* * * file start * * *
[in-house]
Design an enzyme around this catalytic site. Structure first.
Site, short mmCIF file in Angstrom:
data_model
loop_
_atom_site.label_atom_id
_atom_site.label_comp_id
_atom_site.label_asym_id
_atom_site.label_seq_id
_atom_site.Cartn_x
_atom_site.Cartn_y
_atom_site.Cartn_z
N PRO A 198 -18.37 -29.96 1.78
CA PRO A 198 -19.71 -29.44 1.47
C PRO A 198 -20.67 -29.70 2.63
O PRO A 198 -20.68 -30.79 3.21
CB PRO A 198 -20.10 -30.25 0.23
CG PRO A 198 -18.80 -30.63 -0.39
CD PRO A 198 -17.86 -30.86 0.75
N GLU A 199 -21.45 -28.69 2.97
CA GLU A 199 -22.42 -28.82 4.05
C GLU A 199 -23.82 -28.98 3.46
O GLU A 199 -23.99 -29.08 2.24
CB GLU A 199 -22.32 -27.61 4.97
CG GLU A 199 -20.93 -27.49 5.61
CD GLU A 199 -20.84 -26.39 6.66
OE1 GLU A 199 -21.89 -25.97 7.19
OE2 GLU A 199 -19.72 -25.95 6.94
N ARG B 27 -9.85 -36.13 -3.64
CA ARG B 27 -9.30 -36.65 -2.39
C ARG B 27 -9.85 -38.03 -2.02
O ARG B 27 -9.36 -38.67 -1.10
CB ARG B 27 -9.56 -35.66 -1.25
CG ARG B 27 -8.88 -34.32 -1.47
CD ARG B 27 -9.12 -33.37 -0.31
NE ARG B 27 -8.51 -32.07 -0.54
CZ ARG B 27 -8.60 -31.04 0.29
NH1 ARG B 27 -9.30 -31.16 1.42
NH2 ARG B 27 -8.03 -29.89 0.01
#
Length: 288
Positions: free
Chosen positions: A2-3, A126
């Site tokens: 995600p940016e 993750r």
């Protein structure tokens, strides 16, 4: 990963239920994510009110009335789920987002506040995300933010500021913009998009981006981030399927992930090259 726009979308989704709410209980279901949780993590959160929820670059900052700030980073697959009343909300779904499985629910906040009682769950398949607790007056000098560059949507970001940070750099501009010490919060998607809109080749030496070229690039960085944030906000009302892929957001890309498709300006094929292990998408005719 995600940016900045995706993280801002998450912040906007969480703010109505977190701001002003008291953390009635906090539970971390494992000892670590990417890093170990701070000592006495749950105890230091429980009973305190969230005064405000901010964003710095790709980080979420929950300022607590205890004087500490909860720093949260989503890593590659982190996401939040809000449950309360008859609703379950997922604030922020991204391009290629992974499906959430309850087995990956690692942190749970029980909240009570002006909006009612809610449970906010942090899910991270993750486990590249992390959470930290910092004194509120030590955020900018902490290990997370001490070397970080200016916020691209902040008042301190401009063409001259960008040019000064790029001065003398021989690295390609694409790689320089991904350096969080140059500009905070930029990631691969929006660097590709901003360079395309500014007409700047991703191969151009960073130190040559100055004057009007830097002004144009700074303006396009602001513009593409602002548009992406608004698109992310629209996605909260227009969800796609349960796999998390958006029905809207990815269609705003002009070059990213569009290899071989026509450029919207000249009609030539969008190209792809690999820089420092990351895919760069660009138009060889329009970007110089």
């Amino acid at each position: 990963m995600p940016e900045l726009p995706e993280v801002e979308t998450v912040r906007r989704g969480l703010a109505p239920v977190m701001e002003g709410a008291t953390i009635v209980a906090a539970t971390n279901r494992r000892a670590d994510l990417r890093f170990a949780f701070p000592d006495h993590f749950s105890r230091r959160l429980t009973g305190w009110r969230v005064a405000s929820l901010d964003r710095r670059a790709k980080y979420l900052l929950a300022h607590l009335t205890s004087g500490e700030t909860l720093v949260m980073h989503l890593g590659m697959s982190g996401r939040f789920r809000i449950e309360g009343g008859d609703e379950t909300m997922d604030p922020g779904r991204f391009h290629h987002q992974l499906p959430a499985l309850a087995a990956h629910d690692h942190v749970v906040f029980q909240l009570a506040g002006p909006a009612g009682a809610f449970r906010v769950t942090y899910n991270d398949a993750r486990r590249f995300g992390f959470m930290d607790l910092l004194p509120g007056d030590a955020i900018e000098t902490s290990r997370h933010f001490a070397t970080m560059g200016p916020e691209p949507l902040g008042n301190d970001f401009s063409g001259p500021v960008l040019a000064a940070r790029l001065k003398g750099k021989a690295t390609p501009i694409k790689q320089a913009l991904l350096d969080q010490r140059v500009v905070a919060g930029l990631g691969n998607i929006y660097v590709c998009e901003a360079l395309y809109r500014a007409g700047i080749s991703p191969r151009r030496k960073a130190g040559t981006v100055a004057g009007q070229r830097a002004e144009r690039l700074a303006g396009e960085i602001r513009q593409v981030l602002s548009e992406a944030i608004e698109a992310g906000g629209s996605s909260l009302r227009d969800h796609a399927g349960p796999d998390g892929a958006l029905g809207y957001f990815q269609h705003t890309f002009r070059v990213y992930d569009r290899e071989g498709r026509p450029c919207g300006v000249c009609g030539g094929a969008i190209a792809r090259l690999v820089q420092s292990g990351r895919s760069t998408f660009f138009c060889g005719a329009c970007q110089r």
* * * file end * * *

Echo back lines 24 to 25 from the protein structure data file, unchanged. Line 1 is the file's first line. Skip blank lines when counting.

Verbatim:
CB GLU A 199 -22.32 -27.61 4.97
CG GLU A 199 -20.93 -27.49 5.61